My Life in Ruins review, My Life in Ruins Blu-ray review, My Life in Ruins DVD review
Starring
Nia Vardalos, Richard Dreyfuss, Alexis Georgoulis, Alistair McGowan, Harland Williams, Rachel Dratch, Sheila Bernette
Director
Donald Petrie
My Life in Ruins

Reviewed by David Medsker

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I

t’s easy to point out what’s wrong with “My Life in Ruins,” but I don’t feel good about it. The movie clearly has its heart in the right place, which makes sense considering screenwriter Mike Reiss wrote some of the most heartfelt “Simpsons” episodes ever. The problem is that his script paints with such a broad brush that it’s hard to get emotionally involved in a story that bears little resemblance to reality – which in itself is not unforgivable, but doesn’t work here – and goes out of its way to manufacture conflict.

The story is set in Greece, and Georgia (Nia Vardalos) is a walking encyclopedia of history, slumming as a “B group” tour guide. Her tourists dislike her because she actually tries to teach them something, instead of taking them to the gift shop and the local American chain restaurant. Her latest group of travelers is no different, and Georgia vows that this trip will be her last, especially after seeing the luxurious accommodations that her “A group” coworker, the sleazy Nico (Alistair McGowan), is allowed to provide his group. When she accidentally hits “funny guy” Irv (Richard Dreyfuss) where it hurts, she tries to give her customers a more enjoyable trip, but to do so, she must find her passion for life, which has long lain dormant. Will the mysterious replacement bus driver Poupi (Alexis Georgoulis, the Greek version of Gael Garcia Bernal) be the one to help her find it?

Well, duh, and that’s the movie’s problem; nearly everything about it is either a big ‘duh’ or a big WTF. Ever seen a group of tourists introduce themselves to the guide as they board the bus? Neither have I, but they do it here, solely for the benefit of the audience. (How else would we know their names and which stereotype they represent?) Likewise, tour guides don’t go off route and let their customers dictate the day’s itinerary, but remember, very little of this movie is grounded in reality. Even the gay jokes are of the WTF variety. How is it that gay characters in movies have no gaydar?

Give credit to Vardalos, then, for not giving in to the insanity around her. She gives this movie everything she has and nearly saves it in the process, but unfortunately can’t overcome the stock characters that surround her. The movie thinks it’s being clever by acknowledging these stock characters up front when Georgia jokes about each of her groups having Ugly Americans, Drunk Australians, Bitter Divorcees, and the aforementioned Funny Guy, but a better idea would have been to let these characters inhabit those traits while developing personalities of their own. Lord knows Mike Reiss is capable of bringing the funny with a healthy dose of nuance, and distributor Fox Searchlight is not known for meddling with quirky scripts (“Juno,” “Little Miss Sunshine,” “Slumdog Millionaire”). So what gives?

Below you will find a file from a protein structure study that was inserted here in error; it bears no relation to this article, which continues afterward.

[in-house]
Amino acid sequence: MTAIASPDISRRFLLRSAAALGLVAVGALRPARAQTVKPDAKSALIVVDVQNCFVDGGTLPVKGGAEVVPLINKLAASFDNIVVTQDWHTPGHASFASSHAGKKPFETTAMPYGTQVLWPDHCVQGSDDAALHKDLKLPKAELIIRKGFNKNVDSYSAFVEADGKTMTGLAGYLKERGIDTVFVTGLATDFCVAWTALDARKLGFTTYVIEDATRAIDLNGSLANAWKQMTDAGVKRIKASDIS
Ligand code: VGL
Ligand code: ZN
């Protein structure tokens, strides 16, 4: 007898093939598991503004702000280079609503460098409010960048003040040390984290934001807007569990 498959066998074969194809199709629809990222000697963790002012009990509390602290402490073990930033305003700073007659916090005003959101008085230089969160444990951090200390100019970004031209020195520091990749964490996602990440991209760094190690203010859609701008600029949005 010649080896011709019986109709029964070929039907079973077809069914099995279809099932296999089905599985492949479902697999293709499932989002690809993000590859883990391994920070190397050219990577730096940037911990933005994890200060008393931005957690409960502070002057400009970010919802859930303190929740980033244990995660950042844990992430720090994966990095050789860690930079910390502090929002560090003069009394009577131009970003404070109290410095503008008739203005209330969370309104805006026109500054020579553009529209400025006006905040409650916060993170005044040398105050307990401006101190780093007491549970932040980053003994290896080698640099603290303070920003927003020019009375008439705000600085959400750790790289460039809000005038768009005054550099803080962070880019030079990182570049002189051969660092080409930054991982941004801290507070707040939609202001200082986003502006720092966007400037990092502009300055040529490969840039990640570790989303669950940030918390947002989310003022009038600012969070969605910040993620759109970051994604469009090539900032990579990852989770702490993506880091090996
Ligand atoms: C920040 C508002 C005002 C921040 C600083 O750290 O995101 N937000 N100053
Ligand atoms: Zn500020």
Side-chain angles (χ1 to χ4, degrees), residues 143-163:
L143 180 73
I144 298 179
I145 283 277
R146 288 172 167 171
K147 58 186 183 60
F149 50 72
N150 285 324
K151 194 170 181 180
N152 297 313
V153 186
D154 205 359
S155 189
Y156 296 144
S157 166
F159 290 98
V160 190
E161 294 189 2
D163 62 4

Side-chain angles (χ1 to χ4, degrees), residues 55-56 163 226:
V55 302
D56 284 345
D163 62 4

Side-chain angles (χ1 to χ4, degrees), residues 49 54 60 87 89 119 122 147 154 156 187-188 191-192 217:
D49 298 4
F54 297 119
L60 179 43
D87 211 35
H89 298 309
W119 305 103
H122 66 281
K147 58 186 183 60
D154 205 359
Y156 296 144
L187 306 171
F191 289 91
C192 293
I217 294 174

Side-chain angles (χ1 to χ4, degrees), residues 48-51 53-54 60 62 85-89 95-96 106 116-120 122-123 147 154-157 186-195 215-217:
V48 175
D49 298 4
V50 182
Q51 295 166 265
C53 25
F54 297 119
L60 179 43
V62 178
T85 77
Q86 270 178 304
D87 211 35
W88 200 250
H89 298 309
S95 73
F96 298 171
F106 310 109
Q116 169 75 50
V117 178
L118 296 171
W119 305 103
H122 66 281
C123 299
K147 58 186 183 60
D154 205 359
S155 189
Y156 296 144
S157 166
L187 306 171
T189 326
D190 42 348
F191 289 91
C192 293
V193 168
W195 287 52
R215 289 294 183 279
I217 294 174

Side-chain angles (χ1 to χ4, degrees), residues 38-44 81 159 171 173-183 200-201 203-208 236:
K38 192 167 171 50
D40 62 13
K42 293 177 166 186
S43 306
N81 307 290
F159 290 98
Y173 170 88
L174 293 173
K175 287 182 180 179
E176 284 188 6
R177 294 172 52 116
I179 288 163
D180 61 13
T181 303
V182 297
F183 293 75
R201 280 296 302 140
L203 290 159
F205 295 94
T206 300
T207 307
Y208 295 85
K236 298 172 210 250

You can’t help but think that Fox Searchlight looked at “My Life in Ruins” as little more than a nifty slice of counterprogramming to the testosteronefest that is “The Hangover” and “Land of the Lost.”  (And, if Will Harris’ review of “Land of the Lost” is any indication, the makers of “Ruins” chose their weekend wisely.) But counterprogramming is only half the battle; you still have to make a good movie, and while “My Life in Ruins” has its good points, its heart does not make up for its lack of smarts. Sorry, Nia. Really, we are.


Single-Disc Blu-ray Review:

The pickings here are unsurprisingly small, but give them credit for providing three separate audio commentaries from star Nia Vardalos, director, Donald Petrie, and screenwriter Mike Reiss. There are also a few deleted and extended scenes (including a bittersweet alternate ending), and a featurette called "Everybody Loves Poupi," a video love letter to beefcake Alexis Georgoulis. They also added some trailers, but we refuse to acknowledge those as bonus features.

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